By grace, she’ll make it. — Morgan Harper Nichols
It’s about that time. I’m starting to prep for one of the biggest exams of my life– the MCAT. I took the diagnostic exam a couple of days ago and let’s just say, I’ve got a lot of work to do. After doing some research online, I found that Kaplan’s scores for the diagnostic exam are deflated. It makes sense because they have this whole “higher score guaranteed” thing going on. I even ran across a Reddit thread where a good chunk of people did poorly on Kaplan’s practice exams compared to the AAMC practice exams. Crazy, right? I still plan to use Kaplan’s complete book set along with the flashcards. I imagine that I’ll also use videos and AAMC materials to supplement.
The diagnostic exam is super condensed compared to the real thing. There are 6 sections, but each of them is only 30 questions long. The sections aren’t individually timed, but I was given 2 hours to complete the entire exam. I took the exam cold, meaning I did not study in advance. It was a good opportunity to see what I truly know and don’t know.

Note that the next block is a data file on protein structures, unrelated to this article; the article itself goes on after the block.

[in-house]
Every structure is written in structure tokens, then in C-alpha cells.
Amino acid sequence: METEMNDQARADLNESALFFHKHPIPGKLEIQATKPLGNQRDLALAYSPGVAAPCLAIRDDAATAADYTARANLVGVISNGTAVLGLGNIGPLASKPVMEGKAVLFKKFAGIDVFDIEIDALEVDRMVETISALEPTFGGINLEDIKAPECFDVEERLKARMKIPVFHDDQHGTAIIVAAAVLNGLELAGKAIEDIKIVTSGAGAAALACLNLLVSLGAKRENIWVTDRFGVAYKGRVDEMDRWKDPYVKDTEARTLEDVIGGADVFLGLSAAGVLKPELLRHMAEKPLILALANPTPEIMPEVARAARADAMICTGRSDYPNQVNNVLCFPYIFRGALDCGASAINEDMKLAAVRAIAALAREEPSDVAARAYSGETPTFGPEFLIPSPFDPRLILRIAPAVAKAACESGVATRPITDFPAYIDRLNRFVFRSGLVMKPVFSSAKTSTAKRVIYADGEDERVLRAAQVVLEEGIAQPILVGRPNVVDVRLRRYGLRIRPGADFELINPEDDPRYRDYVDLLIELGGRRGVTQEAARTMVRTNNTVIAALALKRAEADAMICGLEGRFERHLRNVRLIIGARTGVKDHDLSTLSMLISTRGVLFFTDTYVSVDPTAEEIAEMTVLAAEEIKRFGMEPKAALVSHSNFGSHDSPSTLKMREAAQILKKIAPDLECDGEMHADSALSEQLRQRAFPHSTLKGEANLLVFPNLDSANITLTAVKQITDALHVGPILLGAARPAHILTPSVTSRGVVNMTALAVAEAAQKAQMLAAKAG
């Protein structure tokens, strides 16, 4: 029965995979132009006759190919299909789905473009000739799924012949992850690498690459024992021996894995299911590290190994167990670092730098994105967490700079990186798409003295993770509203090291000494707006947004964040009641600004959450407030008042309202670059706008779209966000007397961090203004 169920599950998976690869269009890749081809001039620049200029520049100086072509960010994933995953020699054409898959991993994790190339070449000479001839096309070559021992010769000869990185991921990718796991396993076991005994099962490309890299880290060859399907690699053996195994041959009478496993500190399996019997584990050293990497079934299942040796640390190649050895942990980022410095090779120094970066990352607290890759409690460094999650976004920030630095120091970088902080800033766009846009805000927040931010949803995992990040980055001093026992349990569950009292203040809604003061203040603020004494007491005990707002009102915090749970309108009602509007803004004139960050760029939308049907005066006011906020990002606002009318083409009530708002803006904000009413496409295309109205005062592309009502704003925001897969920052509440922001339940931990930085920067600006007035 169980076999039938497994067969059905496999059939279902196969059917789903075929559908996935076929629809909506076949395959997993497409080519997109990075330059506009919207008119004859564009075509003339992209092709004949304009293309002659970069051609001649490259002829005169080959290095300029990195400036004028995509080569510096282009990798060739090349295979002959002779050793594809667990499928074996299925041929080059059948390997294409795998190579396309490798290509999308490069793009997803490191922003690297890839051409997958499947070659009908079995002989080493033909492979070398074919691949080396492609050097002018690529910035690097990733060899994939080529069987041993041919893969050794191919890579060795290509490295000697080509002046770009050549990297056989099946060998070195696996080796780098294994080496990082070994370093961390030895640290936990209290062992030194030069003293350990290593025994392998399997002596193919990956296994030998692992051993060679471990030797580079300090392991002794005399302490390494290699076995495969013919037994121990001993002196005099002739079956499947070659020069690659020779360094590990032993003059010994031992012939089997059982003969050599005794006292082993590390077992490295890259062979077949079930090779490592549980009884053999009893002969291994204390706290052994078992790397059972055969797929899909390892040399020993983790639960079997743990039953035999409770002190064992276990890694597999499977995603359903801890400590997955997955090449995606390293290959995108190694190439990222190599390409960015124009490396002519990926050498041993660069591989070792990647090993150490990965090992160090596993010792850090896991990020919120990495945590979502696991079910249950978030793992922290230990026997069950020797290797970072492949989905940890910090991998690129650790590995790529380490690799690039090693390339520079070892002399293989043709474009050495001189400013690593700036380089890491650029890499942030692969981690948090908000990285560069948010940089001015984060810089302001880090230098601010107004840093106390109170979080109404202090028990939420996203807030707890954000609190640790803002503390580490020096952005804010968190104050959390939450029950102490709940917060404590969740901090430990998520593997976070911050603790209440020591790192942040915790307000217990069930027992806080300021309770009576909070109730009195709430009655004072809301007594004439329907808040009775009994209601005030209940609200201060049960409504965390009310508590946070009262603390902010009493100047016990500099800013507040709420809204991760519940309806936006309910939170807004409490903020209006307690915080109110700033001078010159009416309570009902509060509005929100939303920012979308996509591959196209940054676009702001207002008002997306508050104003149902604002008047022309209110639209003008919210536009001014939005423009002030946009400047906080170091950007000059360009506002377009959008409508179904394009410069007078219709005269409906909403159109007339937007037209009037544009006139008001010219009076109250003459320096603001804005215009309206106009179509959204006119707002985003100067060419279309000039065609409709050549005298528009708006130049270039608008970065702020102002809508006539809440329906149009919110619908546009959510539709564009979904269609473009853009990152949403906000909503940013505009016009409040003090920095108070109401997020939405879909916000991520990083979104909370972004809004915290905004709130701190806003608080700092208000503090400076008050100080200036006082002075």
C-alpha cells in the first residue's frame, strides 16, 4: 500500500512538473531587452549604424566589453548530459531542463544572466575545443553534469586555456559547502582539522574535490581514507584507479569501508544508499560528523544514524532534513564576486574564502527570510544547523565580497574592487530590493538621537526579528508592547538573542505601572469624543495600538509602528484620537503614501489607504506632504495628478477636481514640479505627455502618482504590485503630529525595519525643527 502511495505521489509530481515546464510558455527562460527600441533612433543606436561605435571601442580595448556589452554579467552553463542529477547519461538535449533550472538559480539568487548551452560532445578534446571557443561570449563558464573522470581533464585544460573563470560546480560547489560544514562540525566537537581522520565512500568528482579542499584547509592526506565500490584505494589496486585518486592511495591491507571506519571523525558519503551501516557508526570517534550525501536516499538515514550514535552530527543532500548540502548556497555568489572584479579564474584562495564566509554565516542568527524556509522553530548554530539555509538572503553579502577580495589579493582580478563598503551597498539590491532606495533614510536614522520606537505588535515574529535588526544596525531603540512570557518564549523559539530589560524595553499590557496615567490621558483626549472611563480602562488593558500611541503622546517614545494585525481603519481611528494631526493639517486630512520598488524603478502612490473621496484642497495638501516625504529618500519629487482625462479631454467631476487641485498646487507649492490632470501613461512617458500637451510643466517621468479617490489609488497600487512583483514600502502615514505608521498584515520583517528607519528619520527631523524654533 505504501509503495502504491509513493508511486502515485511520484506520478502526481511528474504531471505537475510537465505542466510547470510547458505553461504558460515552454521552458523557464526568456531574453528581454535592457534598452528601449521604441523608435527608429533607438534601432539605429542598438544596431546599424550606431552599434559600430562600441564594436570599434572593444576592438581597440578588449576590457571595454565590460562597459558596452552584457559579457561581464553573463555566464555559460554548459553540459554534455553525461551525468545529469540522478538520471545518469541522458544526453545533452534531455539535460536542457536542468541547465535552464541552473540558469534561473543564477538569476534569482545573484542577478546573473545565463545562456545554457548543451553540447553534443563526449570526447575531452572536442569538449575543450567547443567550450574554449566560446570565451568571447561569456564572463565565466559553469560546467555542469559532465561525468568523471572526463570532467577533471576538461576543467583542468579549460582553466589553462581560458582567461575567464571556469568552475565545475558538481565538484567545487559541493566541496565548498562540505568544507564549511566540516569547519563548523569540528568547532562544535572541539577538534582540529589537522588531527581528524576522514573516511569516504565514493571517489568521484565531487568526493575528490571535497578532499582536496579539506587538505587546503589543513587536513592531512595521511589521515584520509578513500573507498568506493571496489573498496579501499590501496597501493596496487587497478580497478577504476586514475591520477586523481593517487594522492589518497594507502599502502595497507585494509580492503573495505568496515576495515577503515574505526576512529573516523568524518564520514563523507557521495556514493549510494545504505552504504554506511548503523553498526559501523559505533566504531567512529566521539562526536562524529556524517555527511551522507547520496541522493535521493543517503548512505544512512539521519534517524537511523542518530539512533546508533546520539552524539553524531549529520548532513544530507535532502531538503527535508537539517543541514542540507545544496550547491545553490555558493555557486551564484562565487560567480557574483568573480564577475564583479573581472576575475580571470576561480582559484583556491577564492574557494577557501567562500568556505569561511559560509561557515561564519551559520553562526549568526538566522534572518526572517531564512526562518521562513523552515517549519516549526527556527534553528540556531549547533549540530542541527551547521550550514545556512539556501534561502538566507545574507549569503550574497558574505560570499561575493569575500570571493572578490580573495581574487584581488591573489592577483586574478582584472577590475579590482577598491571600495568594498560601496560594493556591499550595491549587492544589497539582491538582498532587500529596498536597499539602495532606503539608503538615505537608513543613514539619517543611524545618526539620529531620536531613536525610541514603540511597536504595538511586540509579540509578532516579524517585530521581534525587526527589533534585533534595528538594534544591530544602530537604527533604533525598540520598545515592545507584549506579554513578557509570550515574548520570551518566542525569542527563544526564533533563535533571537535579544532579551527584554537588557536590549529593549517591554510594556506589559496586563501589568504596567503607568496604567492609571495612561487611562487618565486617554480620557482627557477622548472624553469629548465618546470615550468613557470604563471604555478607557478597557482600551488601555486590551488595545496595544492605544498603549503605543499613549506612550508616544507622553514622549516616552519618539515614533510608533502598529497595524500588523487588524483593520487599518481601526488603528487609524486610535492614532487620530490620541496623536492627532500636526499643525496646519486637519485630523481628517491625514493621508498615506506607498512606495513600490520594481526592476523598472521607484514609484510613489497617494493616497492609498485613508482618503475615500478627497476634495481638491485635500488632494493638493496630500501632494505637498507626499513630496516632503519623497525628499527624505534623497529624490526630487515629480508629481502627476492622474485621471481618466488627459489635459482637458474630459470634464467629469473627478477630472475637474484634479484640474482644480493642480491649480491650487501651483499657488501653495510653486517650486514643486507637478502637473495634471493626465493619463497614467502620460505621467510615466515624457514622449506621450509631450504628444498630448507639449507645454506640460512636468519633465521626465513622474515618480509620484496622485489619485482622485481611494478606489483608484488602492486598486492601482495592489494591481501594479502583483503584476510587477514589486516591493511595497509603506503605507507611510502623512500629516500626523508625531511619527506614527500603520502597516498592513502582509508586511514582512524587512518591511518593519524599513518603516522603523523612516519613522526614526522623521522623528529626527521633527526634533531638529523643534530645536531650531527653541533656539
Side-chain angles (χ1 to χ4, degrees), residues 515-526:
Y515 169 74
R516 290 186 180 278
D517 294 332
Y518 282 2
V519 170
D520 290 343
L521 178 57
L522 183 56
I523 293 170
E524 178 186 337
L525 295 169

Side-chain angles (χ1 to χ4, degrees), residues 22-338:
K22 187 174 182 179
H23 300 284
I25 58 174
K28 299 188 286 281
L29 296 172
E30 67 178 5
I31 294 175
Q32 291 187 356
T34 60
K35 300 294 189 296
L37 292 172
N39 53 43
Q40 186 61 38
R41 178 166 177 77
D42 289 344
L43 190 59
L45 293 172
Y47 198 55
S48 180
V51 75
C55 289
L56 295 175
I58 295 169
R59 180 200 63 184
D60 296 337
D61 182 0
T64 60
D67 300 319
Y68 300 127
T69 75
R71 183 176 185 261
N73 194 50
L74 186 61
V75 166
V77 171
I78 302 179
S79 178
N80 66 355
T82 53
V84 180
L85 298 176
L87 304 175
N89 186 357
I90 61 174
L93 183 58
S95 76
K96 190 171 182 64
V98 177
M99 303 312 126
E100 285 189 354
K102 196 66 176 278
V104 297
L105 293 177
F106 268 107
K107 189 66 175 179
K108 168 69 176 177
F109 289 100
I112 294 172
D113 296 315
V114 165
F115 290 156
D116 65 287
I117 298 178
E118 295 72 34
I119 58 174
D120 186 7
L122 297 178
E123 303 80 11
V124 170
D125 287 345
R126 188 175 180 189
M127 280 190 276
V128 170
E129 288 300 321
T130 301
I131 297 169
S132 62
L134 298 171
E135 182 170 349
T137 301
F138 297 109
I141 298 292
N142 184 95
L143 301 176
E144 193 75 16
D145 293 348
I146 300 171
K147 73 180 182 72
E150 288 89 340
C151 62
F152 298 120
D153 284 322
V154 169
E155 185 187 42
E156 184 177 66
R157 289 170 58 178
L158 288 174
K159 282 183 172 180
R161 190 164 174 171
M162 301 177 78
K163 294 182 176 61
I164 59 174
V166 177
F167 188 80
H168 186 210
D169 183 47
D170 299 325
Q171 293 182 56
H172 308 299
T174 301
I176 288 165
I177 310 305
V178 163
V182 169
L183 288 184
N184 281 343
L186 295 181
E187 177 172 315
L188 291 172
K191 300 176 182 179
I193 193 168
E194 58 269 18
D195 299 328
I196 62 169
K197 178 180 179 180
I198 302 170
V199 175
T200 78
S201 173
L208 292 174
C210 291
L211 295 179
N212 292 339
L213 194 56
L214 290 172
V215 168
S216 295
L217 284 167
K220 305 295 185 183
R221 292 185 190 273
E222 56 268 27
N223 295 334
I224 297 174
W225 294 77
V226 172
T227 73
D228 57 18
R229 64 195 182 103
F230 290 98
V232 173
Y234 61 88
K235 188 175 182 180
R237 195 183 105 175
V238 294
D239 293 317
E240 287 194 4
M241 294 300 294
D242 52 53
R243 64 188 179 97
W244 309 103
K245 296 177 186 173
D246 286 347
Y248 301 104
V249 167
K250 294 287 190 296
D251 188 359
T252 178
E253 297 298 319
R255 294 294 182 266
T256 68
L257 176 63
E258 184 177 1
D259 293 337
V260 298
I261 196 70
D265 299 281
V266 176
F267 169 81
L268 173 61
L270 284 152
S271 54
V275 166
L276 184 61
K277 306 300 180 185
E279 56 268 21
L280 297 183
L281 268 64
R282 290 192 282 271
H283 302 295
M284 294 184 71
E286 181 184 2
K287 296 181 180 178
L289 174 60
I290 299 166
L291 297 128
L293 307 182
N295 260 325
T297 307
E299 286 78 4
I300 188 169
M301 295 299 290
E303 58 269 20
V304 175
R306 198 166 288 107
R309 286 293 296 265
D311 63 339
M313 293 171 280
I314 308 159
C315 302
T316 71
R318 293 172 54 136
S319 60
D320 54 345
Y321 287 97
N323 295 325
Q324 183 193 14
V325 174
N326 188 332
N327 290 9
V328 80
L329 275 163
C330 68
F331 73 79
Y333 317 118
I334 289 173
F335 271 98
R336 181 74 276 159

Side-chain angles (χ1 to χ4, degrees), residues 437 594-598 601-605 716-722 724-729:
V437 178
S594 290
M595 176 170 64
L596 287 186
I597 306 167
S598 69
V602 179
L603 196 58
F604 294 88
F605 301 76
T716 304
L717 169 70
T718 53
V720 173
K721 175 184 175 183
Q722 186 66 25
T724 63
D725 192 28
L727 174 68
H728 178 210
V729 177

Here’s a quick summary of my performance based on my results:
- I forgot a good chunk of General Chemistry
- I’m a Sociology major, so naturally, I did well on the Behavioral Sciences section
- I never had to memorize any Physics formulas so I tanked that section
School hasn’t started yet, so I’m not quite sure how much time I will be able to dedicate to studying for the MCAT. I am shooting for a July test date since Post-Bacc and SMP applications open on the first of September. At the moment, I’m planning to study 15 hours a week which should be doable even with classes and work. As far as organization, I’ve heard of people setting up spreadsheets to keep track of topics covered and what not, but I’m thinking of taking the old-school approach. I’m probably going to keep track of everything in a notebook, but I do like the idea of using an online calendar for scheduling. I’ll be sure to share these things on the blog as I get more into the swing of things.